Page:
N&O public editor Ted Vaden’s column appears every Sunday on the N&O’s op-ed page, opposite the editorial page.
Today Vaden asks: “Is [the op-ed] page tilting left or right?”
Just so you’re not left hanging in suspense, Vaden, a career employee of the liberal/leftist N&O, concludes there’s “not much” wrong with his employer’s op-ed page.
Here’s some of what Vaden says:
Does the page lean liberal or conservative? That's in the eye of the beholder. At the request of one reader, I've looked back at the columns over a six-month period to see whether the numbers skew one way or the other.Some of you may be wondering who Rick Martinez is.
Here's the count of the most frequent columnists over the period from October 2006 to March 2007: George Will, 45; Rick Martinez, 38; David Broder, 24; Ellen Goodman, 24; Charles Krauthammer, 22; Thomas Friedman, 16; Paul Krugman, 12; Bob Herbert, 12; Richard Reeves, 9; Gwynne Dyer, 9, David Brooks 7.
The reader, Charlie Board, perceives that lineup as overwhelmingly "right wing or neocon." In that camp, he places Will, Martinez, Broder, Krauthammer, Friedman and Brooks (total 152 columns). To the left, he puts Krugman, Goodman, Reeves, Herbert and Dyer (66 columns).
We could debate the ideological spectrum all day, but I'd place Broder and Friedman more to the left of center than right (Vaden's got that right), which changes the count to 112 conservative, 106 liberal -- a virtual tie.
Martinez writes on local and state issues. His column appears only in the N&O. He’s described by the op-ed page editor as in certain respects a “counterweight” to the N&O’s liberal news columnists whose columns appear, appropriately enough, right beside the paper’s liberal/leftist news columns.
If the N&O had, as it should, reasonable political and ideological balance among its news columnists, Martinez’s columns would appear alongside the news columns.
So I’m subtracting the non-syndicated Martinez’s 38 columns from Vaden’s count of the other columnists who are all nationally syndicated. Leveling the playing field that way makes the count 106 liberal to 74 conservative.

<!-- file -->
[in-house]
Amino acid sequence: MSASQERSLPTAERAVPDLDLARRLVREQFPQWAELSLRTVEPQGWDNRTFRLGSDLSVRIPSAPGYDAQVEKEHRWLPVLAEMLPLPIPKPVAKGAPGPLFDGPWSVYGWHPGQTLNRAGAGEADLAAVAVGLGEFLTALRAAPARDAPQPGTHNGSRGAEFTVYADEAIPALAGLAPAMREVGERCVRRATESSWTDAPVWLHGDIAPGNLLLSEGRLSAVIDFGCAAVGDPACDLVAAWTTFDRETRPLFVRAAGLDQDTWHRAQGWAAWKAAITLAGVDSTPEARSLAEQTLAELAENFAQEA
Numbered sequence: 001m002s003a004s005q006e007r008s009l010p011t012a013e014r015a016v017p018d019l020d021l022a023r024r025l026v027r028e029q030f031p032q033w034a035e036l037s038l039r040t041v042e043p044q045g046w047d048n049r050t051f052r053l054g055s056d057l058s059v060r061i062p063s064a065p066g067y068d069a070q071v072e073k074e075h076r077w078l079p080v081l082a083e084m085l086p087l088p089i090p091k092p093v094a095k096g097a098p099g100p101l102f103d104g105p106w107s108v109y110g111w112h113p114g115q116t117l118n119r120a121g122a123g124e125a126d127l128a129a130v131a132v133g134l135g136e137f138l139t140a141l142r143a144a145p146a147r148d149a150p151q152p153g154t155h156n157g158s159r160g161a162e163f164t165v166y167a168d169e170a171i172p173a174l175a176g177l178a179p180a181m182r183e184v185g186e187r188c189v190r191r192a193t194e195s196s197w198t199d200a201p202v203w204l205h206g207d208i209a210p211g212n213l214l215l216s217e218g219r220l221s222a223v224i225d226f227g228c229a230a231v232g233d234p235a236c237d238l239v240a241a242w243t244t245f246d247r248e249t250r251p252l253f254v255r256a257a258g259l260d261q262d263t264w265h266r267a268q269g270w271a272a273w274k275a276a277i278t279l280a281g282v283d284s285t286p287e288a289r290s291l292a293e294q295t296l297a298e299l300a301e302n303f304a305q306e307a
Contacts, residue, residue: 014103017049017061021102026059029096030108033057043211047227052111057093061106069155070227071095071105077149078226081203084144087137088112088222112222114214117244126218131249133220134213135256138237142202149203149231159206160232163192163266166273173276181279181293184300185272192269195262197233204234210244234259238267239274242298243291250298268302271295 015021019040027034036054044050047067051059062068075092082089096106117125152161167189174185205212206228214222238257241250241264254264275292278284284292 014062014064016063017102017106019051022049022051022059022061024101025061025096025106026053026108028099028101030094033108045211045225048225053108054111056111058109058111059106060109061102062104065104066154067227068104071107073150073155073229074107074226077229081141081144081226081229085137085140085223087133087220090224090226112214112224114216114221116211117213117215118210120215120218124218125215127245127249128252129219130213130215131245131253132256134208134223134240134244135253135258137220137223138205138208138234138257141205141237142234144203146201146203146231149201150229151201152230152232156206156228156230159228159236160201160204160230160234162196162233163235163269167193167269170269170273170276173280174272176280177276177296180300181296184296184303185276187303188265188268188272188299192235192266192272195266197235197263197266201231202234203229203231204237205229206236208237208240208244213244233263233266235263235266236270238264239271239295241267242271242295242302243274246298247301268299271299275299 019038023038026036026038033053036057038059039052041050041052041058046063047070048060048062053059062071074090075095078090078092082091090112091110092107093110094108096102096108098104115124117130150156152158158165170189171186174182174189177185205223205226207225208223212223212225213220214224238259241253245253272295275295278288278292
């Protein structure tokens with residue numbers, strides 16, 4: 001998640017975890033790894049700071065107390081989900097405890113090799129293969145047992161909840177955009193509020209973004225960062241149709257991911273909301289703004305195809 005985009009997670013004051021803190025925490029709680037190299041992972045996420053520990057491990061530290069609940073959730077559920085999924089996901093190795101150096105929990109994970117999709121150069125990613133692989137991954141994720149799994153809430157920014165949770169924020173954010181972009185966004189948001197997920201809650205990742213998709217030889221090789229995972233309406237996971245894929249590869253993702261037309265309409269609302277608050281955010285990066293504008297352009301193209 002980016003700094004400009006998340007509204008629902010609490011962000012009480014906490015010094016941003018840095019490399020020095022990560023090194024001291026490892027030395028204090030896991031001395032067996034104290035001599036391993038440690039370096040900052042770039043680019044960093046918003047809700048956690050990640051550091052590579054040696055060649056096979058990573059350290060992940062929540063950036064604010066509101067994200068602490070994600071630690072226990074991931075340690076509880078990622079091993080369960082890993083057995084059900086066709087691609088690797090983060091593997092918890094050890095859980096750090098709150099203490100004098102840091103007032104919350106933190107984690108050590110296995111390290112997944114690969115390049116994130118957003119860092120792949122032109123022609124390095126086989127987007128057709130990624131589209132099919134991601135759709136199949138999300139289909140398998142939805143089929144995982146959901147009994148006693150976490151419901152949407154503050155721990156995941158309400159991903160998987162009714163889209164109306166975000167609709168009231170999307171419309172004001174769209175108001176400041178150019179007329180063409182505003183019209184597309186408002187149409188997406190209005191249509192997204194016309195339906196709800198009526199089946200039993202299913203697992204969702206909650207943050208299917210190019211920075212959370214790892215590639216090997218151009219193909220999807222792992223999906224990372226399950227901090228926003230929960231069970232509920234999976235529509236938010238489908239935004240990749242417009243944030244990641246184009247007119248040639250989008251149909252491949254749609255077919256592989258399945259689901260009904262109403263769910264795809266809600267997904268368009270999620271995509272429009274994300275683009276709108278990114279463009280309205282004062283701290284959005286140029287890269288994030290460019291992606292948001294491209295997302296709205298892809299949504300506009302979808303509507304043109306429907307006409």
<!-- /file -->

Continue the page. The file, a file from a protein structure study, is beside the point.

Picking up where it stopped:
Vaden goes on to say:
It's a fatuous exercise, trying to pigeonhole columnists politically and to gauge the page accordingly. Editors at The N&O are not keeping count, but they told me they would expect the syndicated columnists to skew slightly right, for several reasons. One, to balance the other articles, editorials and cartoons on the op-ed and editorial page. Another is that the stable of liberal columnists has been depleted with the losses of Molly Ivins, dead of breast cancer, and William Raspberry, retired.This paragraph is worth examining.
Why does Vaden say it’s a fatuous exercise to pigeonhole columnists politically and gauge an op-ed page accordingly after he just did that?
As for the editors’ expectation the number of syndicated columns the N&O published during the October ’06 to March ’07 period skewed right, we’ve seen using Vaden’s own categorizations that the skew was 106 liberal to 74 conservative.
About those cartoons on the op-ed page: on any given day it’s not unusual to find three or four of them there. Invariably their skew is liberal or left, some of them so far left and harsh in their characterization of America that they easily fit within the ideological frame of a government sponsored Iranian or Syrian newspaper.
You rarely see a political cartoon on the N&O’s op-ed page with a conservative skew or extolling America.
The N&O’s op-ed page also carries the leftist Gary Trudeau’s Doonesbury political comic strip.
I’d be surprised if in the October to March period, the combined Doonesburys and cartoons with liberal/leftist skews on the N&O’s op-ed page didn’t exceed 500.
I’d also be surprised if during that same period the N&O's op-ed page contained even 100 cartoons with a conservative skew.
Vaden tells faithful N&O readers:
Allen Torrey, op-ed editor, said his focus is not on ideology, but on ideas and issues. "I'd be very disappointed if anyone could say that I have some kind of ideological bias in picking pieces," he said. "What I'm looking for are interesting pieces that address important and timely issues from a variety of perspectives, with a leavening of the light and offbeat occasionally."Given the op-ed pages that Vaden and Torrey view every day, can anyone explain why Vaden would seriously ask whether the page tilts left or right?
And can anyone explain why Torrey would say he’d be “very disappointed if anyone could say that I have some kind of ideological bias in picking pieces?”